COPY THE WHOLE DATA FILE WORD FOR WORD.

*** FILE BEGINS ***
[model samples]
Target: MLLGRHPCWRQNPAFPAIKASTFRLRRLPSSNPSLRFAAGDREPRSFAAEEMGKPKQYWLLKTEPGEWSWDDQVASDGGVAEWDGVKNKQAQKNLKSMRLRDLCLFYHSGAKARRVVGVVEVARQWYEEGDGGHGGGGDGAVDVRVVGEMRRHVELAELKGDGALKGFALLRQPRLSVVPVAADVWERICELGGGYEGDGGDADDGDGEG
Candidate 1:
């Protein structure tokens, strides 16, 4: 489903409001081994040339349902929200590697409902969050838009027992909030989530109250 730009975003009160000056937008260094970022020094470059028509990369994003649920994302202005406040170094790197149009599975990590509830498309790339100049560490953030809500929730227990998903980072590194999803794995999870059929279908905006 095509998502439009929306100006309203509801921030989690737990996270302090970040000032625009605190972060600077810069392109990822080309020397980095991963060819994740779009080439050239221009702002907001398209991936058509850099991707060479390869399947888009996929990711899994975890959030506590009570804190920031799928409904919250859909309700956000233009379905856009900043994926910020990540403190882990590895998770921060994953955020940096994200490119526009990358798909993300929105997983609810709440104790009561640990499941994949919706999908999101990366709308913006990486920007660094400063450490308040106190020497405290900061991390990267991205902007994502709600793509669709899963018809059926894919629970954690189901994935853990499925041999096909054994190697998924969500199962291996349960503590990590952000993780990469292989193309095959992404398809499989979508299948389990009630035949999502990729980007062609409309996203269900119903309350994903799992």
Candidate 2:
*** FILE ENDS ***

[model samples]
Target: MLLGRHPCWRQNPAFPAIKASTFRLRRLPSSNPSLRFAAGDREPRSFAAEEMGKPKQYWLLKTEPGEWSWDDQVASDGGVAEWDGVKNKQAQKNLKSMRLRDLCLFYHSGAKARRVVGVVEVARQWYEEGDGGHGGGGDGAVDVRVVGEMRRHVELAELKGDGALKGFALLRQPRLSVVPVAADVWERICELGGGYEGDGGDADDGDGEG
Candidate 1:
């Protein structure tokens, strides 16, 4: 489903409001081994040339349902929200590697409902969050838009027992909030989530109250 730009975003009160000056937008260094970022020094470059028509990369994003649920994302202005406040170094790197149009599975990590509830498309790339100049560490953030809500929730227990998903980072590194999803794995999870059929279908905006 095509998502439009929306100006309203509801921030989690737990996270302090970040000032625009605190972060600077810069392109990822080309020397980095991963060819994740779009080439050239221009702002907001398209991936058509850099991707060479390869399947888009996929990711899994975890959030506590009570804190920031799928409904919250859909309700956000233009379905856009900043994926910020990540403190882990590895998770921060994953955020940096994200490119526009990358798909993300929105997983609810709440104790009561640990499941994949919706999908999101990366709308913006990486920007660094400063450490308040106190020497405290900061991390990267991205902007994502709600793509669709899963018809059926894919629970954690189901994935853990499925041999096909054994190697998924969500199962291996349960503590990590952000993780990469292989193309095959992404398809499989979508299948389990009630035949999502990729980007062609409309996203269900119903309350994903799992």
Candidate 2: